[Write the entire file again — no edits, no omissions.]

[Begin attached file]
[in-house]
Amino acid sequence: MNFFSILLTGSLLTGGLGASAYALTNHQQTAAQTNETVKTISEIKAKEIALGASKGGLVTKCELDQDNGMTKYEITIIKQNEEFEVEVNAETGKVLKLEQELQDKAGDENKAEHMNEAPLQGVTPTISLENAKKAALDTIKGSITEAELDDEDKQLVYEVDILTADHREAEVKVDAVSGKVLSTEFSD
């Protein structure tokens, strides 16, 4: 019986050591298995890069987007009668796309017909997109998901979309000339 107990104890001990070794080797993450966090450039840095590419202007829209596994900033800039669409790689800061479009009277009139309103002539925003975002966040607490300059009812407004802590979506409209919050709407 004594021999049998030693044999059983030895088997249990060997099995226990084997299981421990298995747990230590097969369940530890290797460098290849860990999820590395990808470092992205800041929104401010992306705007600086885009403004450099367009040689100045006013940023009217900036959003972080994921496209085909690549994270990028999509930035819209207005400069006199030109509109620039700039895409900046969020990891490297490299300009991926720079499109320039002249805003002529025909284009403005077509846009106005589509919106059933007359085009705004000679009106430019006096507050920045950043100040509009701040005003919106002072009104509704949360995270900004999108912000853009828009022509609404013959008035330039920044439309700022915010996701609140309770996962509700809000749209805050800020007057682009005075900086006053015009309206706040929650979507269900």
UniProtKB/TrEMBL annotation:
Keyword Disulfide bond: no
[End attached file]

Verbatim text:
[in-house]
Amino acid sequence: MNFFSILLTGSLLTGGLGASAYALTNHQQTAAQTNETVKTISEIKAKEIALGASKGGLVTKCELDQDNGMTKYEITIIKQNEEFEVEVNAETGKVLKLEQELQDKAGDENKAEHMNEAPLQGVTPTISLENAKKAALDTIKGSITEAELDDEDKQLVYEVDILTADHREAEVKVDAVSGKVLSTEFSD
């Protein structure tokens, strides 16, 4: 019986050591298995890069987007009668796309017909997109998901979309000339 107990104890001990070794080797993450966090450039840095590419202007829209596994900033800039669409790689800061479009009277009139309103002539925003975002966040607490300059009812407004802590979506409209919050709407 004594021999049998030693044999059983030895088997249990060997099995226990084997299981421990298995747990230590097969369940530890290797460098290849860990999820590395990808470092992205800041929104401010992306705007600086885009403004450099367009040689100045006013940023009217900036959003972080994921496209085909690549994270990028999509930035819209207005400069006199030109509109620039700039895409900046969020990891490297490299300009991926720079499109320039002249805003002529025909284009403005077509846009106005589509919106059933007359085009705004000679009106430019006096507050920045950043100040509009701040005003919106002072009104509704949360995270900004999108912000853009828009022509609404013959008035330039920044439309700022915010996701609140309770996962509700809000749209805050800020007057682009005075900086006053015009309206706040929650979507269900």
UniProtKB/TrEMBL annotation:
Keyword Disulfide bond: no